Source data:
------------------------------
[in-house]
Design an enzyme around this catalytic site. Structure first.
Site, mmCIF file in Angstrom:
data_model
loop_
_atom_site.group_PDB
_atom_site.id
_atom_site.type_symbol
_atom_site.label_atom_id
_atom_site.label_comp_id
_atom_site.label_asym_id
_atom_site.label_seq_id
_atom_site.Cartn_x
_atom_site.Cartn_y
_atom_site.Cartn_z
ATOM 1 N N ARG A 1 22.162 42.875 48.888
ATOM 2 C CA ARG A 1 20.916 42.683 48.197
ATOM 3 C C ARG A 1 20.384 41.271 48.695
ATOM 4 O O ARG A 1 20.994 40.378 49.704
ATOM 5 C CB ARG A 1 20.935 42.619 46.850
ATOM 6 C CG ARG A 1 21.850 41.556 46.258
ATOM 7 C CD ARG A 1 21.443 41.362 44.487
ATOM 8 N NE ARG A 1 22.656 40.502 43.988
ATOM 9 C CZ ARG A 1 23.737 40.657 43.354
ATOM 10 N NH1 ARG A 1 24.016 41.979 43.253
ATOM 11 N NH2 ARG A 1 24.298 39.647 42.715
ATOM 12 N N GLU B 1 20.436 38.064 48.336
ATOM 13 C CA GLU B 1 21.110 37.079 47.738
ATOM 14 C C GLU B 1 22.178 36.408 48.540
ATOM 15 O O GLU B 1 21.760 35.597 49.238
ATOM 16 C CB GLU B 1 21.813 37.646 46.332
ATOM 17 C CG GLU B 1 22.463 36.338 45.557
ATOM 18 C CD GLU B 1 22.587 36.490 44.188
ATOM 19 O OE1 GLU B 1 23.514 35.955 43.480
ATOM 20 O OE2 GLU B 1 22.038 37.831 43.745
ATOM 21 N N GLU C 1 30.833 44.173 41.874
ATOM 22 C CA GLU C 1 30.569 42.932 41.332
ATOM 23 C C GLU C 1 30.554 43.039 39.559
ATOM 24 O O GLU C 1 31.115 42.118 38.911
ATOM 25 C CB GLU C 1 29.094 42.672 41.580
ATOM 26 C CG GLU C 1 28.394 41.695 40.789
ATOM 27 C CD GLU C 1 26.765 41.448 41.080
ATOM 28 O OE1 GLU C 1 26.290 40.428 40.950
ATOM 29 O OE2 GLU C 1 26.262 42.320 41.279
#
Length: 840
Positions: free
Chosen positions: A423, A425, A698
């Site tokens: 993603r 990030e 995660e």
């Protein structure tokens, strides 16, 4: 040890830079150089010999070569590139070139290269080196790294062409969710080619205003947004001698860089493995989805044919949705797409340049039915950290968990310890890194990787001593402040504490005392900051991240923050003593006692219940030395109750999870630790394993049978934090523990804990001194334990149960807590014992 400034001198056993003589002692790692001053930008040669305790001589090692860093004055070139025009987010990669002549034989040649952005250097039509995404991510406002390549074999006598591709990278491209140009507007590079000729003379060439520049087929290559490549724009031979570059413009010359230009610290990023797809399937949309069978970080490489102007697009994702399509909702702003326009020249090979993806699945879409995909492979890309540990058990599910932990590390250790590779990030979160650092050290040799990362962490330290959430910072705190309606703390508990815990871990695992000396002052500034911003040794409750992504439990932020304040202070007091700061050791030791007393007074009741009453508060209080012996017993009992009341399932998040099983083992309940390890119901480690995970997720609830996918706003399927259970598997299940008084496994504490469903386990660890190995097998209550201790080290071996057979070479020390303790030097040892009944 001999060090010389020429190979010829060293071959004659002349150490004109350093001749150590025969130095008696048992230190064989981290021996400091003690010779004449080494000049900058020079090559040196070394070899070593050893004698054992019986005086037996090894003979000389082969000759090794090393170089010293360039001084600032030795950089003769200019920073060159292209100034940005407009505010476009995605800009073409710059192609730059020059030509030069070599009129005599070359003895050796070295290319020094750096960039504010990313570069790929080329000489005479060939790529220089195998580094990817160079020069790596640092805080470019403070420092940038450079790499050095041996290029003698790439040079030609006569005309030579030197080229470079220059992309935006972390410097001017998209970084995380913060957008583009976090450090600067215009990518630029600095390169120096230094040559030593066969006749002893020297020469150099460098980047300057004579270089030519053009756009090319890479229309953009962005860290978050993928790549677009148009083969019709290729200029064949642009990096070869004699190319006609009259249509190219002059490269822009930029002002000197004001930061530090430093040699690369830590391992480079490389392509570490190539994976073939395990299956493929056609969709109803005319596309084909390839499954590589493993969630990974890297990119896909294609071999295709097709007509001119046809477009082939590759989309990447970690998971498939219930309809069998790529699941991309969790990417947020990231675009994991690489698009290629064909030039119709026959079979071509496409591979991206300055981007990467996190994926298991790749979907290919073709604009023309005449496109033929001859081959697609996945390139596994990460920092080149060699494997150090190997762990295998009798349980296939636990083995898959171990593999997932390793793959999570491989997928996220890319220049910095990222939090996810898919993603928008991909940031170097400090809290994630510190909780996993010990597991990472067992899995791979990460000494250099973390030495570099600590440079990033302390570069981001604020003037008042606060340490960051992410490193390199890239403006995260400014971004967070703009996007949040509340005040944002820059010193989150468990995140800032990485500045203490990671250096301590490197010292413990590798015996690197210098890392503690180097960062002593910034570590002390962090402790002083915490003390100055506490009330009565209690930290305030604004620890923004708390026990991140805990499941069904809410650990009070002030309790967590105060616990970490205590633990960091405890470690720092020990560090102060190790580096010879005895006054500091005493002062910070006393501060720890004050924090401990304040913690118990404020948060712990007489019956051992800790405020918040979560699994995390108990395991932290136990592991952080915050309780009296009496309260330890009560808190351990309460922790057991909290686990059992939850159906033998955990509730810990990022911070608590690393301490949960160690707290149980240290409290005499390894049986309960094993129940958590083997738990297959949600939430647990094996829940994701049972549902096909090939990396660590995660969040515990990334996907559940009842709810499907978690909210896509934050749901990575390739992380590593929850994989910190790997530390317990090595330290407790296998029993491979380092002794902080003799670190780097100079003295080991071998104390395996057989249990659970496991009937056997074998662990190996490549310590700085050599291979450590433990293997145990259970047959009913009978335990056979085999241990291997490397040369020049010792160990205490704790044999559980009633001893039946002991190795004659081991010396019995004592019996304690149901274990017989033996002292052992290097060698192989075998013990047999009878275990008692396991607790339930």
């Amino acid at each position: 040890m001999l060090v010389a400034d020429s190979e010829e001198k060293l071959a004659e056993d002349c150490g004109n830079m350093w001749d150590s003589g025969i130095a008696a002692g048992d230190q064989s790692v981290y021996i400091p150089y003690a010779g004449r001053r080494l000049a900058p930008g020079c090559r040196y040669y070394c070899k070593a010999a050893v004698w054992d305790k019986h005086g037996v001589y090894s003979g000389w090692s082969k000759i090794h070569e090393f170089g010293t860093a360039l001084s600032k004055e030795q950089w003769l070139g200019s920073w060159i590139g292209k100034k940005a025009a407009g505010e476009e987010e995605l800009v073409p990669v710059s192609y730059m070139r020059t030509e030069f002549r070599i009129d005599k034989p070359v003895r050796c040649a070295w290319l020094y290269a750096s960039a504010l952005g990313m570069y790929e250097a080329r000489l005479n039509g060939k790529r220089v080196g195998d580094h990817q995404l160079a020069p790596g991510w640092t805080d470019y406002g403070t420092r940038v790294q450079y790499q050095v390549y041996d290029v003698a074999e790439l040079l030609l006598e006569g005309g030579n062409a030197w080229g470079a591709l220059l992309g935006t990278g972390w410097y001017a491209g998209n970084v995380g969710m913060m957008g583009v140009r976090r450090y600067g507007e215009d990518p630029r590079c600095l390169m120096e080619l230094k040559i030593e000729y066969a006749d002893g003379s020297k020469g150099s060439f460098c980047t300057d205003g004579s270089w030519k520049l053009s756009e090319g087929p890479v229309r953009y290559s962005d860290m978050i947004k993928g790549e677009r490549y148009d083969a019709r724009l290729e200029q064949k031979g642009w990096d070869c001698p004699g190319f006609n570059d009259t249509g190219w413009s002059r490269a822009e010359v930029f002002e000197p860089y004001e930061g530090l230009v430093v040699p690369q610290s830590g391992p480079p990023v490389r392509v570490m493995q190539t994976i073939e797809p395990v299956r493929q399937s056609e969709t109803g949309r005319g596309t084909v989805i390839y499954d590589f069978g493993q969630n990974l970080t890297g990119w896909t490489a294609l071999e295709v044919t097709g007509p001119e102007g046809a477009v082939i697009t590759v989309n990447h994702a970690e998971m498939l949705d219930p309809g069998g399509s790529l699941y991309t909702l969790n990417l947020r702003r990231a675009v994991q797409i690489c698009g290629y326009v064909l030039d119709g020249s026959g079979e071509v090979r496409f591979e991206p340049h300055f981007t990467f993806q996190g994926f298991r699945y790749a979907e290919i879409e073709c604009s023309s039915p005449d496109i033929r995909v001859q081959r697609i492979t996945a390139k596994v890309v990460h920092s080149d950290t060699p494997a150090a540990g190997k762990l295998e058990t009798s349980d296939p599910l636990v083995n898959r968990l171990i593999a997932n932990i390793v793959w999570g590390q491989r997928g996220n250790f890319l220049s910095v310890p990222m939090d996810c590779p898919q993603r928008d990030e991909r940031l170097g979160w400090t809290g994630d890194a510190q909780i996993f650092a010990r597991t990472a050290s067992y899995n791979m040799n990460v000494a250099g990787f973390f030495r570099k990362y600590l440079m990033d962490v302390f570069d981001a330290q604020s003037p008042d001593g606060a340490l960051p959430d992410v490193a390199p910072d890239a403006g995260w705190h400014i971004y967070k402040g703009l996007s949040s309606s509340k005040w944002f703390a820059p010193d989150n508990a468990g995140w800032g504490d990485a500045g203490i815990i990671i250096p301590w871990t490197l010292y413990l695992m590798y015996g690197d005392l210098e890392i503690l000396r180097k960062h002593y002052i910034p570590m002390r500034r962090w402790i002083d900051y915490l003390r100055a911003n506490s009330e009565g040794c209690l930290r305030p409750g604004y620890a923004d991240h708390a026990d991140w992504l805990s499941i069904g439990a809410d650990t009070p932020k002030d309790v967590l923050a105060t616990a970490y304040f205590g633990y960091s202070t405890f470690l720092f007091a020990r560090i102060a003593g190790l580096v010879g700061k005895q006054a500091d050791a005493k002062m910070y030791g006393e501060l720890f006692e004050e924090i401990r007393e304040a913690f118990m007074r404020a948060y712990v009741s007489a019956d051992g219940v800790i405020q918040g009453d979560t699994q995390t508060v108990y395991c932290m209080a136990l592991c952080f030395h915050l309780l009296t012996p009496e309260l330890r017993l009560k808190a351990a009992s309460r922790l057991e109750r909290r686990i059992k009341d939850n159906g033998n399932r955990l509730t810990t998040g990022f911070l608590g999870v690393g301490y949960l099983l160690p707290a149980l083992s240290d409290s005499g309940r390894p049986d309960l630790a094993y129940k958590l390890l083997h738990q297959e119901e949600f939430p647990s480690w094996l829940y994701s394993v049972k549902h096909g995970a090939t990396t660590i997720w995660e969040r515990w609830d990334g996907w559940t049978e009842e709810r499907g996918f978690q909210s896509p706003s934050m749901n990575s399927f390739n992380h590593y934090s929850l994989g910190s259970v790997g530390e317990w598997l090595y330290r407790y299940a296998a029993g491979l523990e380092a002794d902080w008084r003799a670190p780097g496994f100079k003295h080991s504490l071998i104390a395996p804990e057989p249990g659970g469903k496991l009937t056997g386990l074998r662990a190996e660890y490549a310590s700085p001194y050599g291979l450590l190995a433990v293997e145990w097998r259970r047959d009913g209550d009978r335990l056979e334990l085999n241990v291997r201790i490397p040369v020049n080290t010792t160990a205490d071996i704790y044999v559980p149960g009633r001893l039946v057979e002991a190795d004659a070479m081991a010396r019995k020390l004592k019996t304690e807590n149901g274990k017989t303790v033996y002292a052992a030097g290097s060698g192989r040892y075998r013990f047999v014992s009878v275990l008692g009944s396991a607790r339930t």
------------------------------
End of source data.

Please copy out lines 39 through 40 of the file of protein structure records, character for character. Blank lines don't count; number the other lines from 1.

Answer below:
ATOM 24 O O GLU C 1 31.115 42.118 38.911
ATOM 25 C CB GLU C 1 29.094 42.672 41.580